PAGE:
More MPP carriers pick Cape Of Good Hope, sailing away from Suez

More MPP carriers pick Cape Of Good Hope, sailing away from Suez

Photo Briese Chartering

The war in Gaza and subsequent hostilities and increasing risk in the Middle East have started pushing MPP index rates up but also pushed a larger number of vessels on a long way around Africa. 

Thanks to its partnership with Esgian, Toepfer Transport highlighted the switch that carriers have made since attacks on merchant ships started in the Red Sea. Due to the Houthi attacks, seafarers as well as the goods onboard are severely endangered. Despite the pressure which comes concerning the timely delivery of cargo, it has to be kept in mind that shipowners and carriers bear a high level of responsibility for the life, health and safety of the seafarers.

This has caused a significant shift in the MPP fleet routing. According to the figures provided by Esgian for February 2024, 100 MPP ships sailed around the Cape of Good Hope versus 37 vessels that headed through the Suez Canal. This means there was a total of 137 sailings, 73 per cent of which took the Cape of Good Hope route, and 27 per cent taking the Cape Suez.

Read more: MPP Index rises as carriers rush to secure capacity

This is opposite to the February 2023 data when 41 MPP ships took the Cape of Good Hope route and 70 vessels headed through the Suez Canal. Out of the total 111 sailings, only 37 per cent took the longer way around Africa, with 63 per cent heading through the Suez Canal.

All this, coupled with a slow and steady increase in demand and utilisation, has led to more optimism with the carriers in regards to charter rates, Teopfer Transport said in its report. According to the shipbroker, this high and rapidly increasing risk of war and war-like situation will surely have a strong impact on the future development of the index rate.

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Author: Adnan Bajic

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More MPP carriers pick Cape Of Good Hope, sailing away from Suez
More MPP carriers pick Cape Of Good Hope, sailing away from Suez

More MPP carriers pick Cape Of Good Hope, sailing away from Suez

Photo Briese Chartering

The war in Gaza and subsequent hostilities and increasing risk in the Middle East have started pushing MPP index rates up but also pushed a larger number of vessels on a long way around Africa.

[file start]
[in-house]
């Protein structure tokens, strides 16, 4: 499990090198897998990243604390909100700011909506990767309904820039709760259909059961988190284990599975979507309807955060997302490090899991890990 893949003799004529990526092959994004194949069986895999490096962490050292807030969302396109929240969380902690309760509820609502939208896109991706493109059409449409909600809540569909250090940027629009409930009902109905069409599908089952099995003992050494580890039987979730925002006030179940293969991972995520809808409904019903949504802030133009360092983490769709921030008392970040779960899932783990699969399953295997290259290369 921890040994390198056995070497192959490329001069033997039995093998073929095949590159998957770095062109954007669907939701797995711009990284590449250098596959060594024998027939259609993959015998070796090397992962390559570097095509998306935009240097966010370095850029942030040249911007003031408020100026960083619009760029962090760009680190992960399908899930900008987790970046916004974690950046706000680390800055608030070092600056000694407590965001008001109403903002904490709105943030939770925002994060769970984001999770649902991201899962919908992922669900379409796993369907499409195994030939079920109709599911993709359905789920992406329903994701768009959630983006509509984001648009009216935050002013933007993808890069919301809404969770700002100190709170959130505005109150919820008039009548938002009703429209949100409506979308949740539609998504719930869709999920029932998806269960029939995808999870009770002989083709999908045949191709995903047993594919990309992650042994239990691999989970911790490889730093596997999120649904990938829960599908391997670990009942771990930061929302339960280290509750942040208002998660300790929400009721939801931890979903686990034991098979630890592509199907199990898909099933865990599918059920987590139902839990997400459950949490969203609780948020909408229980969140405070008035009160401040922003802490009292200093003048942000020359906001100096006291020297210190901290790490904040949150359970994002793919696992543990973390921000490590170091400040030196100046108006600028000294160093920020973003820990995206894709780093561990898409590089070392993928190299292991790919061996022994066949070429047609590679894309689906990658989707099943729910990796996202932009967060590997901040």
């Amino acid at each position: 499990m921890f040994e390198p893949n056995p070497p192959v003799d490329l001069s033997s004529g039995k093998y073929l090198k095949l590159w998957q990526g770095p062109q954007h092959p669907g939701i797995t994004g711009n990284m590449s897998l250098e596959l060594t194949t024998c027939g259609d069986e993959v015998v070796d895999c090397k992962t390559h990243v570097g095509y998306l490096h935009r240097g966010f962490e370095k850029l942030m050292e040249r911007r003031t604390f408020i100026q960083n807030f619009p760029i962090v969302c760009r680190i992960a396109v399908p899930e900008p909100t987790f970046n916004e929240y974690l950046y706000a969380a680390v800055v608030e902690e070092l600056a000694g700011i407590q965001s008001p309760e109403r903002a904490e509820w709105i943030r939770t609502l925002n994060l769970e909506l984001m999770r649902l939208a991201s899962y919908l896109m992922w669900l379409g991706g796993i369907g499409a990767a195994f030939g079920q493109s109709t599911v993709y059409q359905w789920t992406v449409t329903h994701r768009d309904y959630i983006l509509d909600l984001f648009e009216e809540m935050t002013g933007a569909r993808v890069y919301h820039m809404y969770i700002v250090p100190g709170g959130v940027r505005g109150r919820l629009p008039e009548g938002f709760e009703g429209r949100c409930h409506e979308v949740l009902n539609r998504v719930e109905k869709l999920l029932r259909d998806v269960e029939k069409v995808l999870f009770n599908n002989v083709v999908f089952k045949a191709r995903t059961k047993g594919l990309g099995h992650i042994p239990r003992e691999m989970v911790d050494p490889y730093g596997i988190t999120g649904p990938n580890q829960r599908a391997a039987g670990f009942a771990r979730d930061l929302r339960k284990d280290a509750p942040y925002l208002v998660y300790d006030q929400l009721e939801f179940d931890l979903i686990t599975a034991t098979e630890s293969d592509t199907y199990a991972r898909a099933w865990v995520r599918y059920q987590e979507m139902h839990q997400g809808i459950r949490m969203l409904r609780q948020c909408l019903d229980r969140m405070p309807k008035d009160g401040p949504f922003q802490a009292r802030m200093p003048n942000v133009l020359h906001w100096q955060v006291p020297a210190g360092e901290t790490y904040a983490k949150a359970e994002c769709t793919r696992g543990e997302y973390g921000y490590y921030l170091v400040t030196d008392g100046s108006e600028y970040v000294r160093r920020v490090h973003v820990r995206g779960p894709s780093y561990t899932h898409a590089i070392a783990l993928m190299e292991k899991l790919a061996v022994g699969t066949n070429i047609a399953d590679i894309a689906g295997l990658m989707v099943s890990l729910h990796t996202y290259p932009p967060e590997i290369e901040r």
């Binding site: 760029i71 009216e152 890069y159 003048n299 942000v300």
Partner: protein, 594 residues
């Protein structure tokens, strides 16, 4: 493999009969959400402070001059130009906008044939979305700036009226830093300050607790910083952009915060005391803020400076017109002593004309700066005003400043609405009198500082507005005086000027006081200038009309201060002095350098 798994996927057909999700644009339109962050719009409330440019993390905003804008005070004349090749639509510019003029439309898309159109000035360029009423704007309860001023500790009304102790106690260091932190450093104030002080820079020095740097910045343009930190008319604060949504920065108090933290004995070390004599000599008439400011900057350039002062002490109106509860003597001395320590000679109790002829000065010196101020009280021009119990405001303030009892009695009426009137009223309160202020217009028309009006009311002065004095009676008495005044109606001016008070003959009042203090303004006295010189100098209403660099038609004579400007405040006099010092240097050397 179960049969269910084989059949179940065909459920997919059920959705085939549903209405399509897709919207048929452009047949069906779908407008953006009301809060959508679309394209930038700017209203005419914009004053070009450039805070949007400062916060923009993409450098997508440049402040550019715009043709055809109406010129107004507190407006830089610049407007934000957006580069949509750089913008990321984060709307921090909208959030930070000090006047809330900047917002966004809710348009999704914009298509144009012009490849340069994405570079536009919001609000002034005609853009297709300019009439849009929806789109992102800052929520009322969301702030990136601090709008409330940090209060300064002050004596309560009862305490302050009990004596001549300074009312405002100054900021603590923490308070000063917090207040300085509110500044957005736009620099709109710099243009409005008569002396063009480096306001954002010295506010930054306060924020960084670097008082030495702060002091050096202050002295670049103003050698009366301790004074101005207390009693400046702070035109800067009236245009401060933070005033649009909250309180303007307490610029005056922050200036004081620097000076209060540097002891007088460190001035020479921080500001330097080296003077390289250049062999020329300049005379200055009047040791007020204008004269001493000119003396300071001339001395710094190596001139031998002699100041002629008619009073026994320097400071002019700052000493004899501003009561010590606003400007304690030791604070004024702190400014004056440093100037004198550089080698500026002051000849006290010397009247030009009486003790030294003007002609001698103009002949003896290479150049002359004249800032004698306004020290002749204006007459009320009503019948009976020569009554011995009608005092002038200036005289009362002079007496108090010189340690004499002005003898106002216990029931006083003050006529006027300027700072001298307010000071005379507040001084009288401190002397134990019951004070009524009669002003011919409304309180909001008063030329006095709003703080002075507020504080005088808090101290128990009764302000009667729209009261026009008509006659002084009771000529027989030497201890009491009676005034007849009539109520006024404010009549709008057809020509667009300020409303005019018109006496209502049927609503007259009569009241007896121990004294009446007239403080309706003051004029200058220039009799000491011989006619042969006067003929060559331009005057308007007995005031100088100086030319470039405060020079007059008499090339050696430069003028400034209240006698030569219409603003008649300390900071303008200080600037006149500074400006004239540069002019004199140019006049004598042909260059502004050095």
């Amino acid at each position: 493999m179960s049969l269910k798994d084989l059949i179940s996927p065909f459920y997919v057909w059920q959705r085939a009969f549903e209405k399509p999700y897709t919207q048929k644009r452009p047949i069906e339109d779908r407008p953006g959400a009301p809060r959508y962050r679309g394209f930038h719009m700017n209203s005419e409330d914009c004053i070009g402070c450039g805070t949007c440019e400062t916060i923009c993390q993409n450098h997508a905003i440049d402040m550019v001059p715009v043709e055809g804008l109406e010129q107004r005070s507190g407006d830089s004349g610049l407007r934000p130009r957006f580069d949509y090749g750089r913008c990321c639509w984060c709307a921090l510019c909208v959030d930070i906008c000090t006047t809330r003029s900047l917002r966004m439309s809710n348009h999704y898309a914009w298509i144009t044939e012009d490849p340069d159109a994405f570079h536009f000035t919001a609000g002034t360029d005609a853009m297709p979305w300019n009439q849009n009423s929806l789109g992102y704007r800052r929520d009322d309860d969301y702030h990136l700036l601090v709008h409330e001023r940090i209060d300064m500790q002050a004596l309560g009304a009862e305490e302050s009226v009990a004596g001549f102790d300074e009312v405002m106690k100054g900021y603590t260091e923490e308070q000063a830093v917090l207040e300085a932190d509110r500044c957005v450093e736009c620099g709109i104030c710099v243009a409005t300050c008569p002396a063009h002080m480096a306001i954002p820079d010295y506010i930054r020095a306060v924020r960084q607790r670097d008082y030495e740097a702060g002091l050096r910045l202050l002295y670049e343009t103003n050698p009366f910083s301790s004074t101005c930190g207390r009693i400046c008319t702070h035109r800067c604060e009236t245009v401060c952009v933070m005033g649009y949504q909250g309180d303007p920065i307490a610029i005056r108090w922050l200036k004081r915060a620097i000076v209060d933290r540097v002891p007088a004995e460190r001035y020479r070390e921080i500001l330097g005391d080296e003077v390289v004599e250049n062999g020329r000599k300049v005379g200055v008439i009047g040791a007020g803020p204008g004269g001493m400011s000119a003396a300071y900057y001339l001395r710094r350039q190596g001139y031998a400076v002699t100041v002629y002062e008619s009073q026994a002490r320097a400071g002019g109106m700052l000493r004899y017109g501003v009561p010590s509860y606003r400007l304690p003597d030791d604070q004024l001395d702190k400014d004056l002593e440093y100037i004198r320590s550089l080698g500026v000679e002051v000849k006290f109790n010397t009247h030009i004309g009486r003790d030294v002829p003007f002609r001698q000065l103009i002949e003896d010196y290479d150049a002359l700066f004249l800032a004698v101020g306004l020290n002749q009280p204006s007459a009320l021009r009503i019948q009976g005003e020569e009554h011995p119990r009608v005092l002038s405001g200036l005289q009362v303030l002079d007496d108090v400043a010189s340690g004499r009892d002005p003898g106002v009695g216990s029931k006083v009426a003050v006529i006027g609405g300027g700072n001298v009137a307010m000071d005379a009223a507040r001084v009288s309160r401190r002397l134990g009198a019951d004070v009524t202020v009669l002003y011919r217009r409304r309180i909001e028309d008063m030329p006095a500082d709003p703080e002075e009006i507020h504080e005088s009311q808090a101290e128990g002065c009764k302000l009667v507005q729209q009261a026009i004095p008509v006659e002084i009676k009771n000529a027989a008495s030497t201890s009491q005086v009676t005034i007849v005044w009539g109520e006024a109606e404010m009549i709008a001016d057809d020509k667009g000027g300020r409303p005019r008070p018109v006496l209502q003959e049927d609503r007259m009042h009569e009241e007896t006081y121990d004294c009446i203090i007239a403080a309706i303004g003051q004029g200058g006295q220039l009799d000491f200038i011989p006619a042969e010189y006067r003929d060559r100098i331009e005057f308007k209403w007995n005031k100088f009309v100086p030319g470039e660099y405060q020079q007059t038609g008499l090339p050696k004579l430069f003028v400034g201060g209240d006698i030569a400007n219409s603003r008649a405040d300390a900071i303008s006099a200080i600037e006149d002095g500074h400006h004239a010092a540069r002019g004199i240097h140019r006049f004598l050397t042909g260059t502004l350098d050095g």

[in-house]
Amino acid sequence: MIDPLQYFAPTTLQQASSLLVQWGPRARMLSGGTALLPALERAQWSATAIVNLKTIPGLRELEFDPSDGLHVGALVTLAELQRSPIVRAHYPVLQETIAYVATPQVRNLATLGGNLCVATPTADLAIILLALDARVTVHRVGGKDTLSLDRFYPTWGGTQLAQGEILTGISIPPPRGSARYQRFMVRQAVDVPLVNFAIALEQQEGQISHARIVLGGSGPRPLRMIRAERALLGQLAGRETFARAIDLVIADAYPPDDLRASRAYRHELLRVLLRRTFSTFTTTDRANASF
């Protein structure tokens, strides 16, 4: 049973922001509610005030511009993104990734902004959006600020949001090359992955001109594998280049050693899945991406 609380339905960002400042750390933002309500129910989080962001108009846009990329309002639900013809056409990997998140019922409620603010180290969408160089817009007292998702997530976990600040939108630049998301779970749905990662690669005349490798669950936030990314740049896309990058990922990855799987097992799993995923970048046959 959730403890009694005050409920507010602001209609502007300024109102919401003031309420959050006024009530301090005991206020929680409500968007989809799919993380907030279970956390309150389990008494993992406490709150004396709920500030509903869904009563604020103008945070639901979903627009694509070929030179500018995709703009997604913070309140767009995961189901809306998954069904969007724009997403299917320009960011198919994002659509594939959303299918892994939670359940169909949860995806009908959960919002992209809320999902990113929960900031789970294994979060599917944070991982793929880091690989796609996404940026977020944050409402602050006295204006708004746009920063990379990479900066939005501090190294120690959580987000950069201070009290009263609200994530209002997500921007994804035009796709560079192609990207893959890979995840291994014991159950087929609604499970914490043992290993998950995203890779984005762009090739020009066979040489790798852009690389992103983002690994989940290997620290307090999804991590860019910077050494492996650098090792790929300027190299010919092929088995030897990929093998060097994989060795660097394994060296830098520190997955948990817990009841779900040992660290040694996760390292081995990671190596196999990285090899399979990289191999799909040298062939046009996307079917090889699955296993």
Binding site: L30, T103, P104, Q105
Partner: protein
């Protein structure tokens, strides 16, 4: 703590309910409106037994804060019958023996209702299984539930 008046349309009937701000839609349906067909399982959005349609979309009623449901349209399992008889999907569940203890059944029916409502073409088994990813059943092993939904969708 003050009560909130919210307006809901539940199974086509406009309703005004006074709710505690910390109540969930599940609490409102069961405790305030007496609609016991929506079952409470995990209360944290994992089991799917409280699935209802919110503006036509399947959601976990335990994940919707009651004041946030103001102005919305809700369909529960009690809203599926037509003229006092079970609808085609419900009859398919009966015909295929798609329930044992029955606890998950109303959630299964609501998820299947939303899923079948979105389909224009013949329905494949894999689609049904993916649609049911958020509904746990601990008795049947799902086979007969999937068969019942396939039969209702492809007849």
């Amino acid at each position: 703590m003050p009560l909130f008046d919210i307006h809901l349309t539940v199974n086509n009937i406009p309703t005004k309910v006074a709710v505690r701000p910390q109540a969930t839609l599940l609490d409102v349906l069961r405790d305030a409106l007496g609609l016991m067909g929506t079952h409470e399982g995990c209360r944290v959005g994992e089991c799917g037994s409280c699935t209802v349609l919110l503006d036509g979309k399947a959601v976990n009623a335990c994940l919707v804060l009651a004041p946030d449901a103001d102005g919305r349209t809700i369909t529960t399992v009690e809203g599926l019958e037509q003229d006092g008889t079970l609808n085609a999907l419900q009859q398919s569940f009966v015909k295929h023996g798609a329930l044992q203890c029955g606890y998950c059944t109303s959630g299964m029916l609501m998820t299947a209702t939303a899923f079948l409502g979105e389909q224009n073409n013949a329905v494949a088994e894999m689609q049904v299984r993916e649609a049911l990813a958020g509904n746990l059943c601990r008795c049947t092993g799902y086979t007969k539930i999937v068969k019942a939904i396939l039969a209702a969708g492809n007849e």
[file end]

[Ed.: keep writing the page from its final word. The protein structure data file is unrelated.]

Thanks to its partnership with Esgian, Toepfer Transport highlighted the switch that carriers have made since attacks on merchant ships started in the Red Sea. Due to the Houthi attacks, seafarers as well as the goods onboard are severely endangered. Despite the pressure which comes concerning the timely delivery of cargo, it has to be kept in mind that shipowners and carriers bear a high level of responsibility for the life, health and safety of the seafarers.

This has caused a significant shift in the MPP fleet routing. According to the figures provided by Esgian for February 2024, 100 MPP ships sailed around the Cape of Good Hope versus 37 vessels that headed through the Suez Canal. This means there was a total of 137 sailings, 73 per cent of which took the Cape of Good Hope route, and 27 per cent taking the Cape Suez.

Read more: MPP Index rises as carriers rush to secure capacity

This is opposite to the February 2023 data when 41 MPP ships took the Cape of Good Hope route and 70 vessels headed through the Suez Canal. Out of the total 111 sailings, only 37 per cent took the longer way around Africa, with 63 per cent heading through the Suez Canal.

All this, coupled with a slow and steady increase in demand and utilisation, has led to more optimism with the carriers in regards to charter rates, Teopfer Transport said in its report. According to the shipbroker, this high and rapidly increasing risk of war and war-like situation will surely have a strong impact on the future development of the index rate.

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Author: Adnan Bajic

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